102 Dalmatians

on November 22, 2000 by Bridget Byrne
The only point of "102 Dalmatians" is to encourage kids to demand more cuddly toy puppies, with or without spots (manufactured by Disney and on sale nearby). That's a better aim than encouraging them to want real Dalmatians, which--as a coda in the end credits hints--don't really make good family pets for people with young children. But are parents and kids willing to sit through this crudely wrought comedy, let alone wait for the endless credits to roll, in order to notice this warning? After all, Cruella De Vil's puppy-napping ambitions are no surprise. The writers and the director are merely re-hashing hash.

As it is, the only thing this Disney sequel (to the 1996 live-action distortion of the original 1961 cartoon based on Dodie Smith's novel) has going for it are the puppies. Or, as Gerard Depardieu, playing the vulgar furrier Monsieur Le Pelt, insists on calling them, the "poopies." That's the level of the humor. Depardieu also falls face-first into a toilet. He deserves it, shamelessly mugging alongside Glenn Close's shameless histrionics.

Close's De Vil is one of the nastier screen creations of recent memory, but not to the benefit of the story. It's the concept which is nasty, not the character. She's merely ridiculous. Close is not frightening, not funny, not convincing. She doesn't even have cartoon dimension. Trapped inside Anthony Powell's overblown black and white and scarlet costumes, she's a travesty of a wicked witch. But perhaps she can take comfort from the fact that bulky Depardieu, crammed into an assortment of camp furs, has even worse costumes and gives an even worse performance.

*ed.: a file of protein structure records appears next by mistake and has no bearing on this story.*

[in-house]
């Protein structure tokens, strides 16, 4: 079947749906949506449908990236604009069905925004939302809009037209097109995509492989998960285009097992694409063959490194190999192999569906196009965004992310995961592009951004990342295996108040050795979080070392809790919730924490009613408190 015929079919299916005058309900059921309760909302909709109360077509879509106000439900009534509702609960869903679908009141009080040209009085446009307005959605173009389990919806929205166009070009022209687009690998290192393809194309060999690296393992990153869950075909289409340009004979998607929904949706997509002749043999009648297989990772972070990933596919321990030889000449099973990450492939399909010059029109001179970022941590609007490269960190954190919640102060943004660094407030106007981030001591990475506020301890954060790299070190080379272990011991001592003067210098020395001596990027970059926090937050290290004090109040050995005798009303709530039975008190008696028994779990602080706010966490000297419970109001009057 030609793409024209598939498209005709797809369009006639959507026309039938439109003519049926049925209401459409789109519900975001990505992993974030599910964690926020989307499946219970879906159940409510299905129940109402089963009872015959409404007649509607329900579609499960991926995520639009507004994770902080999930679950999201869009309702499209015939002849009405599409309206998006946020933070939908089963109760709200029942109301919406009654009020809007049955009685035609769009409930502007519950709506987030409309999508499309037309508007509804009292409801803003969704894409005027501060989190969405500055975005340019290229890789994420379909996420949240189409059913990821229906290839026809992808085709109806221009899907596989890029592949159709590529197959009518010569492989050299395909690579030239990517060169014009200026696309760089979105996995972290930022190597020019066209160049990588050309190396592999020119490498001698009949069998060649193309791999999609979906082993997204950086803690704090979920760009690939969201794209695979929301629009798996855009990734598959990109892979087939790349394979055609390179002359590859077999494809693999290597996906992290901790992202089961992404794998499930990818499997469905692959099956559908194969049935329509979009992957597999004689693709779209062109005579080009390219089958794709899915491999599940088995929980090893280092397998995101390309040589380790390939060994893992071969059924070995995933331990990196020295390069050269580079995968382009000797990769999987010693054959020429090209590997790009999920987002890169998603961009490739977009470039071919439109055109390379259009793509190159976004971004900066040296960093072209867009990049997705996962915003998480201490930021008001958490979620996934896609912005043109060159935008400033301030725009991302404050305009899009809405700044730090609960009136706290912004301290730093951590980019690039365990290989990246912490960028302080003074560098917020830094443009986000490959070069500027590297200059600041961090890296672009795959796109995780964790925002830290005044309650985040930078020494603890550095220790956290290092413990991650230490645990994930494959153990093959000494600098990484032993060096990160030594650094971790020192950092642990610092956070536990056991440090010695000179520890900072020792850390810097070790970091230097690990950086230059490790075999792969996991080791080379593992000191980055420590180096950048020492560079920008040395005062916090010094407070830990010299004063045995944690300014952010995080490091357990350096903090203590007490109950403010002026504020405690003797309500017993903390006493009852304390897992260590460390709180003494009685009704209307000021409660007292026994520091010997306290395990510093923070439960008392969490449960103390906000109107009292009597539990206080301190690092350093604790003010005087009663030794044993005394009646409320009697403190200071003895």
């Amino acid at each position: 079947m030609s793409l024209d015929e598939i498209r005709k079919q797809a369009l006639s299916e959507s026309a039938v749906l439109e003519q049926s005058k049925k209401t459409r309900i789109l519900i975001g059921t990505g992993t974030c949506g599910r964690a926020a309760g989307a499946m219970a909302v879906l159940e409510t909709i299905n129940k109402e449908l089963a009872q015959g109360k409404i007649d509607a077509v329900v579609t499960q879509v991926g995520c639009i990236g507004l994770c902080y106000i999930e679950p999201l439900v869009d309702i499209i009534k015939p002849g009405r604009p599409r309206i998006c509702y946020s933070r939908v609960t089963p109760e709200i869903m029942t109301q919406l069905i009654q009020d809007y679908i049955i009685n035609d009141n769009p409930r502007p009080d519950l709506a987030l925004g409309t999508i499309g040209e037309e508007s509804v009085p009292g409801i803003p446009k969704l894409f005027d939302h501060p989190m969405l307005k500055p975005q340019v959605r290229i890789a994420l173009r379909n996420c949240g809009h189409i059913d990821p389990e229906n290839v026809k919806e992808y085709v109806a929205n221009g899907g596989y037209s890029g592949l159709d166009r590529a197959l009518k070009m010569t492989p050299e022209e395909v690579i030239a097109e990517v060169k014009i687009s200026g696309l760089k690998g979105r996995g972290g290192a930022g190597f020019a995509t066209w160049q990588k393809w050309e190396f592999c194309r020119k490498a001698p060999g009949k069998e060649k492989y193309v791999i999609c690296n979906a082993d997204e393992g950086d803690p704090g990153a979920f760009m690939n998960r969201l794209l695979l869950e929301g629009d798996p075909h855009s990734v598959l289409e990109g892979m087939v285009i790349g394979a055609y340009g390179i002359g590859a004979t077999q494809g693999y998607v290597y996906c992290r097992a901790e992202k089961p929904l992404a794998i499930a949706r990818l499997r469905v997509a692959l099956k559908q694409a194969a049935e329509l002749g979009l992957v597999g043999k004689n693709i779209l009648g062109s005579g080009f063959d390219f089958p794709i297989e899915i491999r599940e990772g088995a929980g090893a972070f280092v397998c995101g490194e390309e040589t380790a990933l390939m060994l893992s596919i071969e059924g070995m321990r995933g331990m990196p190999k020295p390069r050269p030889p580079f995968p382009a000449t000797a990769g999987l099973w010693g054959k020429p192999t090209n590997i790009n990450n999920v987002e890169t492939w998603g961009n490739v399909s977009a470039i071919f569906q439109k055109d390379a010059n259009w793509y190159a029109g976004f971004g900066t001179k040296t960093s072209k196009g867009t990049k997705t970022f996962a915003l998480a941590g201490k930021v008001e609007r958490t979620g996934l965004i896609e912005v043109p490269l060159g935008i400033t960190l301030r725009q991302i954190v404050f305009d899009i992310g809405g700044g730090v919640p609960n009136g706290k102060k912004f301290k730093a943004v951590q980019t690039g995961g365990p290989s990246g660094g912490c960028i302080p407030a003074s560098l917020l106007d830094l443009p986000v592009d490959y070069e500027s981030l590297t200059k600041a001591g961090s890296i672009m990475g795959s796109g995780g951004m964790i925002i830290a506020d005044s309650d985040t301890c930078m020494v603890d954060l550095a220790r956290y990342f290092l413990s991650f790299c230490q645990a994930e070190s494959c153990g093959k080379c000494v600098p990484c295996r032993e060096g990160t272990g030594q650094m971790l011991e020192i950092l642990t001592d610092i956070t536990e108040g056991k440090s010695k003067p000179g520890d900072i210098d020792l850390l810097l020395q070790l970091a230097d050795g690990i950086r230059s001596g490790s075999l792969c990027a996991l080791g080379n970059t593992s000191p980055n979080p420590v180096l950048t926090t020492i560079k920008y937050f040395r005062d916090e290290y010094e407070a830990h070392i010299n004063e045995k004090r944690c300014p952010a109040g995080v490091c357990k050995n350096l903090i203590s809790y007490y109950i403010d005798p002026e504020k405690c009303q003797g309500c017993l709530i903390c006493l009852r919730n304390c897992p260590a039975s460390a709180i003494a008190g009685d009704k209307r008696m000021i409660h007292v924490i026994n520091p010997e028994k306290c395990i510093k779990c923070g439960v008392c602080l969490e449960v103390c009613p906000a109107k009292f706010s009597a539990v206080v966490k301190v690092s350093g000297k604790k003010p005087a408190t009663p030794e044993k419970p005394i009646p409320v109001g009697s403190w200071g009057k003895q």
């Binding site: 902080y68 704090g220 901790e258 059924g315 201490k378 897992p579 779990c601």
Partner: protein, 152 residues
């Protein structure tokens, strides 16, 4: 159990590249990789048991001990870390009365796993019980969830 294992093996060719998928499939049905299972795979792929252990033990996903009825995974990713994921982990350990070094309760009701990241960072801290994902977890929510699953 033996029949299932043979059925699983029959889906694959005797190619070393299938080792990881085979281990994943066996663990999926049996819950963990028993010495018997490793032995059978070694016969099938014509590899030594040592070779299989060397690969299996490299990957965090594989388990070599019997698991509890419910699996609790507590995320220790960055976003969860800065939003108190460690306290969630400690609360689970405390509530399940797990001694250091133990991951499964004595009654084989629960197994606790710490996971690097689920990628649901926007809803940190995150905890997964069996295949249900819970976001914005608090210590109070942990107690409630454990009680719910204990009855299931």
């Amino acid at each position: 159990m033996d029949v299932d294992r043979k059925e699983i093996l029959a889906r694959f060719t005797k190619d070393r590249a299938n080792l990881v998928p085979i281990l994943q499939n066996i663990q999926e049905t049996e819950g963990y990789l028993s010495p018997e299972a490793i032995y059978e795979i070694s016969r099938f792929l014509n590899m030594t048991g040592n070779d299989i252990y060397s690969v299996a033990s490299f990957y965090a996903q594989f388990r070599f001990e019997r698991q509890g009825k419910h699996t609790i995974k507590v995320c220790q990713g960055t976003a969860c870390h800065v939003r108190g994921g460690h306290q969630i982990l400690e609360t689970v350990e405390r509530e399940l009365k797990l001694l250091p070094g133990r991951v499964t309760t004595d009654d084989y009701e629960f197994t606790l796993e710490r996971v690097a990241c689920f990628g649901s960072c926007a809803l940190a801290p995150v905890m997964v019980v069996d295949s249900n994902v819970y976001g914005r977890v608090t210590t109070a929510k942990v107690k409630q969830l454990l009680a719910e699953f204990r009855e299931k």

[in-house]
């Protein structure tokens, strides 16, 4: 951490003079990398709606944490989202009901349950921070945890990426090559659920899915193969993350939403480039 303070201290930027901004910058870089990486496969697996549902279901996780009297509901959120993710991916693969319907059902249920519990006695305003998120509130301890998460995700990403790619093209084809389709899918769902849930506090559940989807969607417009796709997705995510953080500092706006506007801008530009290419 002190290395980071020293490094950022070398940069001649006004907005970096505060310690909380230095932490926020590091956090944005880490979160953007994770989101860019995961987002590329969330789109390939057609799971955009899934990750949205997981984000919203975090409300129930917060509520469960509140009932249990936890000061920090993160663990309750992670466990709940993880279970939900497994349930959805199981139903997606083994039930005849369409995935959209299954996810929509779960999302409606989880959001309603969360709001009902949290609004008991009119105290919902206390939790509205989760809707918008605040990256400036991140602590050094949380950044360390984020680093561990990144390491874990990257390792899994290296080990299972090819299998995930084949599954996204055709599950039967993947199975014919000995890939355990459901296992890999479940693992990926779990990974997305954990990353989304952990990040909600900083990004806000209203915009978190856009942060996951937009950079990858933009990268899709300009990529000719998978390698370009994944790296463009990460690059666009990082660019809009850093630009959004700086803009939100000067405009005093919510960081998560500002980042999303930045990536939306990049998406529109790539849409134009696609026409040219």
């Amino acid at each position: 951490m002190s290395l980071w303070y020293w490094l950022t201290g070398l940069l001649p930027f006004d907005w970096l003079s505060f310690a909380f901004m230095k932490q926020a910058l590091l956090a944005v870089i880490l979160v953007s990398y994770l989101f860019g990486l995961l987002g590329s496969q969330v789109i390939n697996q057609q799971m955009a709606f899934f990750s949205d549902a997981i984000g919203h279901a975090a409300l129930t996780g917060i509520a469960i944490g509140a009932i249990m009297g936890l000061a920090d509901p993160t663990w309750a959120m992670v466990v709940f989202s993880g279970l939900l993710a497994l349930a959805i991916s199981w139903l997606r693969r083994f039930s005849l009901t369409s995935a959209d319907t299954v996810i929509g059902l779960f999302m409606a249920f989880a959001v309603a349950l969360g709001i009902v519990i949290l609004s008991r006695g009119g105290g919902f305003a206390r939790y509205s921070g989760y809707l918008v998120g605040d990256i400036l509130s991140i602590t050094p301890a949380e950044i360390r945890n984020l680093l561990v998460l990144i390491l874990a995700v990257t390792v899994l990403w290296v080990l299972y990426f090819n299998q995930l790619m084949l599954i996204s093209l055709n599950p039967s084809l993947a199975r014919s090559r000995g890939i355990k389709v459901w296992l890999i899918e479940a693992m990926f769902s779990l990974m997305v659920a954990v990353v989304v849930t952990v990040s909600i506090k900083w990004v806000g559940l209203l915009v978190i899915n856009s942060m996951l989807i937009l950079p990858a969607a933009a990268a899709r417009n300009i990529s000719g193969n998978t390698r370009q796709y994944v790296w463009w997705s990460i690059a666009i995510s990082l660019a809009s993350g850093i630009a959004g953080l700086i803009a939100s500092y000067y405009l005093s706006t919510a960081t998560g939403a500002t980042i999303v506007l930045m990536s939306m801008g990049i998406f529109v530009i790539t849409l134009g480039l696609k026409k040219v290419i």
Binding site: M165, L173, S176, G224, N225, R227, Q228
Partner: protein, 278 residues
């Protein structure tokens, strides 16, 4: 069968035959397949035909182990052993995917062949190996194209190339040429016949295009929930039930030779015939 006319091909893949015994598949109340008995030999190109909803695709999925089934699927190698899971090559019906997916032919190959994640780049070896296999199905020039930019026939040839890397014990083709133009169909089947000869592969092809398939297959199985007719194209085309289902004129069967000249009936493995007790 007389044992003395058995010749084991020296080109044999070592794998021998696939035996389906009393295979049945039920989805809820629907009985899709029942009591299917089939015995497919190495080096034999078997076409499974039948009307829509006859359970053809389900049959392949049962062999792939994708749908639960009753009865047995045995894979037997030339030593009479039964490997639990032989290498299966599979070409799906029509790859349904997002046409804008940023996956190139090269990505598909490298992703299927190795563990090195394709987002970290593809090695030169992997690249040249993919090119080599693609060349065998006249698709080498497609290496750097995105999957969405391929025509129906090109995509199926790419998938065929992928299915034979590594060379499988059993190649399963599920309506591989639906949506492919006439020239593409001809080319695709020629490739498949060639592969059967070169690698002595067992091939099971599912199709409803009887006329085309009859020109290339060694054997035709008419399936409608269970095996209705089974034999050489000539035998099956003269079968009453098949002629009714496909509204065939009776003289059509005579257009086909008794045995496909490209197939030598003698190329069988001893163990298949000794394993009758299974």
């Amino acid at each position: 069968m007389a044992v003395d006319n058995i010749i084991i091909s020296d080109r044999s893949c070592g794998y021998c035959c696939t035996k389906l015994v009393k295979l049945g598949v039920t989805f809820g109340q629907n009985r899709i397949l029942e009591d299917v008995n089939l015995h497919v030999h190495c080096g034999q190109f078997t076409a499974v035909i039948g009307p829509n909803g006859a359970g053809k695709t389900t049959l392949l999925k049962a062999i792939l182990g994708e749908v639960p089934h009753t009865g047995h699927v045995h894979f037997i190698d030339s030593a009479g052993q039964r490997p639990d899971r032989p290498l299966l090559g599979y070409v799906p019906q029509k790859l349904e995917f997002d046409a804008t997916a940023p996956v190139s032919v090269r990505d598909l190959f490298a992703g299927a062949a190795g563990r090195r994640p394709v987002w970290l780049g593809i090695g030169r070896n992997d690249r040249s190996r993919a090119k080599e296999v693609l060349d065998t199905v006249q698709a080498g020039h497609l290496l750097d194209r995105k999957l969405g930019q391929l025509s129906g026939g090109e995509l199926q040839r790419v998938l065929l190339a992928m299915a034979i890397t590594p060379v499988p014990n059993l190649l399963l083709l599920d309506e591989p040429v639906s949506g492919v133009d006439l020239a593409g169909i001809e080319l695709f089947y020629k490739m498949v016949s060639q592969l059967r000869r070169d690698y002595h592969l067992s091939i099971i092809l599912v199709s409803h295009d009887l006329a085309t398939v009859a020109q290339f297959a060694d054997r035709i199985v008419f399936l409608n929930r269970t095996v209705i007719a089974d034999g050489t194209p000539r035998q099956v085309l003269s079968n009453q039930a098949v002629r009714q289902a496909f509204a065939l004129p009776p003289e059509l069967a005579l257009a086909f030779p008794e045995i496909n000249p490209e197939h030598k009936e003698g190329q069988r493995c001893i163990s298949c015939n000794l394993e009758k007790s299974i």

As for the nice people? Well the devoted dog lovers, Ioan Gruffudd and Alice Evans look nice, but that doesn't make them interesting. The shameless use of a video sequence from Disney's sweet 1955 dog cartoon "Lady and the Tramp" actually undercuts rather than enhances their romantic spaghetti-eating date. The two animated pooches were much more charmingly love-struck.

The current dogs--a plethora of Dalmatians (including the all-white 102nd) and some assorted pedigrees and mutts--make the best of their on-screen moments. They're most appealing when they do just normal doggie things, like tilting their heads to the side looking hopeful of a treat, or simply wagging their tails. They look stiff and awkward when they have to push buttons and run in the right direction, and most of the time they are upstaged by a crass, unfunny parrot with delusions that he's a canine. He's voiced by an over-animated Eric Idle at his nudge-nudge, wink-wink worst. Like Close and Depardieu, he should get the bird for squandering his talents. Starring Glenn Close, Ioan Gruffudd, Alice Evans and Gerard Depardieu. Directed by Kevin Lima. Written by Kristen Buckley, Brian Regan, Bob Tzudiker and Noni White. Produced by Edward S. Feldman. A Buena Vista release. Family/Comedy. Rated G. Running time: 100 min

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